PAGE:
“Don’t expect a storm that is currently at a tropical storm intensity to remain that way if it’s moving through a favorable environment. You might have to be ready for a very strong hurricane to come on shore.”
Data and Analytics Provide Risk Transfer Solutions
Even if insureds are well-prepared for a storm, physical damage and financial disruption may still occur. Strong winds can damage buildings or cause business shutdown, leading to a loss of income. Both traditional and nonstandard insurance products can step in and provide financial relief in these circumstances.
In some cases, businesses may be looking for coverages that are difficult to find in the traditional insurance market. Traditional property insurance will likely cover any direct damage to the building from natural perils, but most business interruption (BI) policies require the insured to experience physical damage to recover BI losses. If an insured’s building doesn’t experience direct physical damage from a hurricane but the community is badly damaged, the business may still experience a loss of income that would not be covered.
Others may lose revenue due to supply chain disruption, or on the public sector side, governments may experience costs they hadn’t accounted for as they try to respond to the crisis and rebuild. All these risks are difficult to cover with traditional insurance products.
“There’s loss of local attraction, revenue disruption, loss of revenue because of critical infrastructure or supply chain disruptions, and then unanticipated costs on the public sector side,” Linkin said.
That’s where parametrics come in. Parametric policies will pay out a set portion of a predefined limit if an event occurs within a set radius of the policyholder’s property.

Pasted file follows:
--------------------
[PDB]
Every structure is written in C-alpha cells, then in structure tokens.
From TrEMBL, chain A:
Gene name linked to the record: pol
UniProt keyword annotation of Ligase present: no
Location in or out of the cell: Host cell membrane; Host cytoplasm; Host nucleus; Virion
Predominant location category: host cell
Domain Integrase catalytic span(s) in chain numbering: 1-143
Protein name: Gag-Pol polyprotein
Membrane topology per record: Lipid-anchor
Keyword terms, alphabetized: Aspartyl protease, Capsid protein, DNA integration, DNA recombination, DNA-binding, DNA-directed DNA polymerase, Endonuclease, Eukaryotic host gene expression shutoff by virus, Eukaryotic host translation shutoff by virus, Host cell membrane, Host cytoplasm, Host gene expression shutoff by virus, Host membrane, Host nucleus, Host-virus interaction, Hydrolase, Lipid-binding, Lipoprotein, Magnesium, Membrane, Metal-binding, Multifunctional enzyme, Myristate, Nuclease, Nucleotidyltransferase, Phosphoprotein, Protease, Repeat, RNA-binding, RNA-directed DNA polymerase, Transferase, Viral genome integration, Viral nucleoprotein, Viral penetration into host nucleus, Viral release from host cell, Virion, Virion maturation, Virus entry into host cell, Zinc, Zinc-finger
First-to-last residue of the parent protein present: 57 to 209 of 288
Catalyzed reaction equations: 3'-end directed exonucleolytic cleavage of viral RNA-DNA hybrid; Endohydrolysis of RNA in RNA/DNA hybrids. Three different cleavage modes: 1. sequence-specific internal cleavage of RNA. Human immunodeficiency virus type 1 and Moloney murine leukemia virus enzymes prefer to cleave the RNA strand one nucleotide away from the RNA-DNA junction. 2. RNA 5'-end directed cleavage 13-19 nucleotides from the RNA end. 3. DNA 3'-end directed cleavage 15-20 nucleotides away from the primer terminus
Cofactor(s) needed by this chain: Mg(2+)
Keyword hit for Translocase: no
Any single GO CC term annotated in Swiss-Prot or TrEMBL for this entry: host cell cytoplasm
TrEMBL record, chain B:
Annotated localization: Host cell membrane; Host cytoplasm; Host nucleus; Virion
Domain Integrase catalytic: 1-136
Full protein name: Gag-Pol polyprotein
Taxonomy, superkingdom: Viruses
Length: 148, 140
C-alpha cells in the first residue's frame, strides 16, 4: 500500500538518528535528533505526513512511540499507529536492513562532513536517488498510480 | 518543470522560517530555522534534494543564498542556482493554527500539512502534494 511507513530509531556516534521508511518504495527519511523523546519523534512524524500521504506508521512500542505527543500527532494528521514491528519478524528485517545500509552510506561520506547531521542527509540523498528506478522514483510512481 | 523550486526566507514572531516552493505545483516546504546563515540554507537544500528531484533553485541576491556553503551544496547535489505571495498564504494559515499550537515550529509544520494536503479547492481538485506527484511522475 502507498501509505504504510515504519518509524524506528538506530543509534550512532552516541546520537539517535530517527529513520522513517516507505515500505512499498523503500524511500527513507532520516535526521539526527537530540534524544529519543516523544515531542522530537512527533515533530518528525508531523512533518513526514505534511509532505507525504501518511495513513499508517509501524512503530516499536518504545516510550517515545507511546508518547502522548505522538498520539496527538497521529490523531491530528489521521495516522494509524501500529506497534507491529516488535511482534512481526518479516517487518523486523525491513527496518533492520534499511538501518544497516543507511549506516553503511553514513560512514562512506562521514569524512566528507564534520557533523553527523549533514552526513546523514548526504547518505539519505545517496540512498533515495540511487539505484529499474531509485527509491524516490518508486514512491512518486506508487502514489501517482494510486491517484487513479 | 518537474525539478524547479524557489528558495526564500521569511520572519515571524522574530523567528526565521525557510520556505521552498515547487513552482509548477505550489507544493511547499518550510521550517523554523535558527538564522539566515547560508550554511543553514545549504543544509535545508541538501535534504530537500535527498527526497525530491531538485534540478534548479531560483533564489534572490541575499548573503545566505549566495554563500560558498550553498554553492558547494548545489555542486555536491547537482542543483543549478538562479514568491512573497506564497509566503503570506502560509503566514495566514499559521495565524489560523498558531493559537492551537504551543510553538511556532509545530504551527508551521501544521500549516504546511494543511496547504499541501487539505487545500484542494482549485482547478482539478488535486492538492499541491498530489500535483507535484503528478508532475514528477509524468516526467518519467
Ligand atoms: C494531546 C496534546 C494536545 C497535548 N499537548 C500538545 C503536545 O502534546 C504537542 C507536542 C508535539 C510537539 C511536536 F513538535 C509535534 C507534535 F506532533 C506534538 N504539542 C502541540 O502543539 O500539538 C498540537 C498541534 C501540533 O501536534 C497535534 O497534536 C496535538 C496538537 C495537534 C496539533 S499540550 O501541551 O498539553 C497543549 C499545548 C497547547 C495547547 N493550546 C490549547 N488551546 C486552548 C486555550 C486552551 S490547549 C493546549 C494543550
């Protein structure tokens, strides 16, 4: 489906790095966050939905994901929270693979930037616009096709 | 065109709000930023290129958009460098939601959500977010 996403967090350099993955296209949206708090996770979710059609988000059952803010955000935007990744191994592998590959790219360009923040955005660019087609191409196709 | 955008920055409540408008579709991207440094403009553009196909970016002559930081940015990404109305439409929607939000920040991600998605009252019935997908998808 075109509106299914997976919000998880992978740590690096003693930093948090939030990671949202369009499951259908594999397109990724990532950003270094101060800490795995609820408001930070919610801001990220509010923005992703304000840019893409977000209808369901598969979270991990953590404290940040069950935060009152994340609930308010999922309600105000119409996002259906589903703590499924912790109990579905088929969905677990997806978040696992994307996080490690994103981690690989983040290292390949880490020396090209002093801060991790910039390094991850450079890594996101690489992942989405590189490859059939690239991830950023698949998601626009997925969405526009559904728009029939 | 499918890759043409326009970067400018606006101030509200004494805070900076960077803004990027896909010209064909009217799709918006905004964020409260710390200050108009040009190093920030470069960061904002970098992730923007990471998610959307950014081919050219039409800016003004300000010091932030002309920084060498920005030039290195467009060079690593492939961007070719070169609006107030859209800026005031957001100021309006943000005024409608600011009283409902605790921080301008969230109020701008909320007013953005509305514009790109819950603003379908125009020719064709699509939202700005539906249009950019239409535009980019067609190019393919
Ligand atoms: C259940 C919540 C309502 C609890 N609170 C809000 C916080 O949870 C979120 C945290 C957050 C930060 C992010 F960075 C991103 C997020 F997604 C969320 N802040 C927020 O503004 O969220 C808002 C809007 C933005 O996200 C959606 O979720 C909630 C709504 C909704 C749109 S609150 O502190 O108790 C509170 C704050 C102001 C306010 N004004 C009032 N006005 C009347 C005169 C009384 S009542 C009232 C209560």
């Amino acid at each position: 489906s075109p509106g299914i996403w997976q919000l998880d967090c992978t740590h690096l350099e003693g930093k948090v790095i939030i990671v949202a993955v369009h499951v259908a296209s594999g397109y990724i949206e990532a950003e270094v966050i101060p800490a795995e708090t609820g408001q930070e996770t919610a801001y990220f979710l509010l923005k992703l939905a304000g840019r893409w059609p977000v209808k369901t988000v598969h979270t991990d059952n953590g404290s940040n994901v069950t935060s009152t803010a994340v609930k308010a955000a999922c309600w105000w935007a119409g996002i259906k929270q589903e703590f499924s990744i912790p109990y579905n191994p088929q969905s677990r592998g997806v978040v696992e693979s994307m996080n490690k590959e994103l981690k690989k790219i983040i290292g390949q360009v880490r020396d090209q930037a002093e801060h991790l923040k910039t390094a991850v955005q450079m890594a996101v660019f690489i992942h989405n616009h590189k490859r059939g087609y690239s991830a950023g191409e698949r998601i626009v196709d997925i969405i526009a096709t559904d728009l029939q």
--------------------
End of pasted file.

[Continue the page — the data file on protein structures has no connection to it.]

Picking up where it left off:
So, for instance, a policy could be structured to pay out 60% of the limit if a category 3 hurricane strikes in a particular area. These policies pay out quickly — one policyholder received funds just 10 days after Hurricane Ian made landfall in Florida — and since they’re not tied to a particular asset, insureds can use them to cover things like lost income as well as repairs.
“They are straightforward, and they are very transparent. So there’s no subjectivity in any claim settlement,” Linkin said.
Improved data modeling systems have allowed carriers to bring more parametrics to the market with better accuracy. Swiss Re Corporate Solutions uses RMS HWind data in its standard hurricane offering, and also offers hail and earthquake solutions.
“Parametric natural catastrophe insurance is quickly becoming a critical component of any natural catastrophe risk management approach,” Mayer said.
“As the data surrounding these perils gets more and more granular, ultimately we can design better and more responsive covers for our clients.”
When combined with traditional insurance policies, parametric covers can help reduce the amount of uninsured losses a business may face after a Nat CAT.
“Our whole goal is to try to minimize the amount of uninsured risk,” Mayer said. “These events continue to show the need for more creative methods of risk transfer to help these regions recover from disruptive storms.” &